VILLE DE QUÉBEC
On behalf of the French crown, in 1608, Samuel de Champlain established a fur trading post from which originated Québec, a city that today looms over the Saint Lawrence River like a majestic fortress. It is the birthplace of French culture in North America.
With its small towers and green glimmering roofs, the Chateau Frontenac majestically watches over the city. The castle like hotel was built and lavishly furnished in 1894 by the Canadian Pacific Railway and in 1943, was the rendezvous for the allies who met to prepare for the Normandy Landings.
Québec’s upper city is encircled by a four kilometre long fortified wall that was alternately built upon by the French and the English. In former times, various gates barred entry to the fortress but today, they are wide open and welcome visitors into the well preserved old town.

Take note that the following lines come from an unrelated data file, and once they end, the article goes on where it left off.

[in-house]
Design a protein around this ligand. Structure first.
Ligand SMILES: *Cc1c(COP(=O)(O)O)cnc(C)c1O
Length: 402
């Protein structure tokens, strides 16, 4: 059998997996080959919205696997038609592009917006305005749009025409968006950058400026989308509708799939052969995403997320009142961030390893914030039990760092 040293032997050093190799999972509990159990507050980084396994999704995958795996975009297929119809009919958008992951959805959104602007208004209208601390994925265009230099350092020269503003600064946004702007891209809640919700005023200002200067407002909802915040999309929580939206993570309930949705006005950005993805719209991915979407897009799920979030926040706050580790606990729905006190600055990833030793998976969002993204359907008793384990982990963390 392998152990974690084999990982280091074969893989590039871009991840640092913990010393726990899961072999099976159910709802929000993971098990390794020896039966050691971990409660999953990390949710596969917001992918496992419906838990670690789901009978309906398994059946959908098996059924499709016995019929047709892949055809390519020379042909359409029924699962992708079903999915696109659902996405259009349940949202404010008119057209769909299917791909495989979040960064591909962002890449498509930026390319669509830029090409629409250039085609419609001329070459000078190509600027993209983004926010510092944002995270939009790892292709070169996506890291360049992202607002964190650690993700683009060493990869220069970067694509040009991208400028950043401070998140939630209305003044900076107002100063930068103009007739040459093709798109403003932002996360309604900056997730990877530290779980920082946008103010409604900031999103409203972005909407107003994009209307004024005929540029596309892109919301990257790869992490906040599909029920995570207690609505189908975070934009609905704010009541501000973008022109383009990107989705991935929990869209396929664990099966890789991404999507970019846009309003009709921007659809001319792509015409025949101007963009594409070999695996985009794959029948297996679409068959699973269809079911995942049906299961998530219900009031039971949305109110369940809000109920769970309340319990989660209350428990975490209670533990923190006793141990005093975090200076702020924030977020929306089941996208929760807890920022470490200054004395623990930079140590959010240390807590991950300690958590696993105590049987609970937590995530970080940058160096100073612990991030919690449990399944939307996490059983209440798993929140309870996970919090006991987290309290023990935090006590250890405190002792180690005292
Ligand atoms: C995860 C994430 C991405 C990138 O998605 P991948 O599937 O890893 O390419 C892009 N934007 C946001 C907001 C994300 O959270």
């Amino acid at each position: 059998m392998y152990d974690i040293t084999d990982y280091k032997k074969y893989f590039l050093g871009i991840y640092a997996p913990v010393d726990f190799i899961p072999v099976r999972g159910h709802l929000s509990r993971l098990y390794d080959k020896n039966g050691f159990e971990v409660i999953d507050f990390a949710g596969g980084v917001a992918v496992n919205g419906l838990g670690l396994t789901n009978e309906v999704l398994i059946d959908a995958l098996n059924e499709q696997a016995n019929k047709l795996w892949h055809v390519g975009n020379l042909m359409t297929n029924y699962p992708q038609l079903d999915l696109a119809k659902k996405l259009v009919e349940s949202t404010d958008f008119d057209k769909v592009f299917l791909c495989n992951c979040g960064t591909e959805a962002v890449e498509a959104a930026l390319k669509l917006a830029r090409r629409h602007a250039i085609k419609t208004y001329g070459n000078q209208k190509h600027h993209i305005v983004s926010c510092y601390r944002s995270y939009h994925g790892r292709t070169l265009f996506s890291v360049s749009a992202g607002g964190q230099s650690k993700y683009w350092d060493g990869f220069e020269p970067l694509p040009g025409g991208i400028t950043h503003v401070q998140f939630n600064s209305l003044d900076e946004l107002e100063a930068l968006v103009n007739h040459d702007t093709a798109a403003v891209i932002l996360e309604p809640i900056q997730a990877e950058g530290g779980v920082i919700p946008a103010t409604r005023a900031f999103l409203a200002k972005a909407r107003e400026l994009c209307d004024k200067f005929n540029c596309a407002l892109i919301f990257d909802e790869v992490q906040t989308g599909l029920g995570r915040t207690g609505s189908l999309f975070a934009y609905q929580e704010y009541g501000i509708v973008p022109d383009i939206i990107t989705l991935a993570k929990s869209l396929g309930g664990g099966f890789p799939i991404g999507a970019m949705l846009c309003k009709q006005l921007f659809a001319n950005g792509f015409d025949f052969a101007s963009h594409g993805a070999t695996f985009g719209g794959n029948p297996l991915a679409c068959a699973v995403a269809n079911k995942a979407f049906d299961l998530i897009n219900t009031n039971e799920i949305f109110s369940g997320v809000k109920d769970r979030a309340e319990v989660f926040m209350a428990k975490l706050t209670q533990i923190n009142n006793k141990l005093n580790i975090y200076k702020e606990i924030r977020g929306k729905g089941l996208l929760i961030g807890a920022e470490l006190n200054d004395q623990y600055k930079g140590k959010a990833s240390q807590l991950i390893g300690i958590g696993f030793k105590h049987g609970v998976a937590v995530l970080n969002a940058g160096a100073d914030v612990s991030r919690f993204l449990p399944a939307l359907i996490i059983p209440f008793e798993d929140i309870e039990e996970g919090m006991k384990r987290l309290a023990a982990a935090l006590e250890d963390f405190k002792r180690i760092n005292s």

Designed by master builder Baillairgè in 1844, Basilique-cathédrale de Notre-Dame-de-Québec was Canada’s first Catholic cathedral. The Baroque dome of the basilica demonstrates the splendor of Catholic Church design while the altar captivates with its rich detail and paintings of the Holy Mother.
The Funiculaire connects the upper city with the lower, the Quartier Petit Champlaine that was the country’s first settlement.
The train station looks like a medieval castle and its large hall seems to be the grand entrance chamber of a palace. The station’s anterooms contain huge windows while its ceilings display colorful glass images.
Canada’s oldest city has successfully retained its deep and historic roots and has sensitively linked them to the needs of the modern world. Québec is truly a sparkling gem of French culture in North America.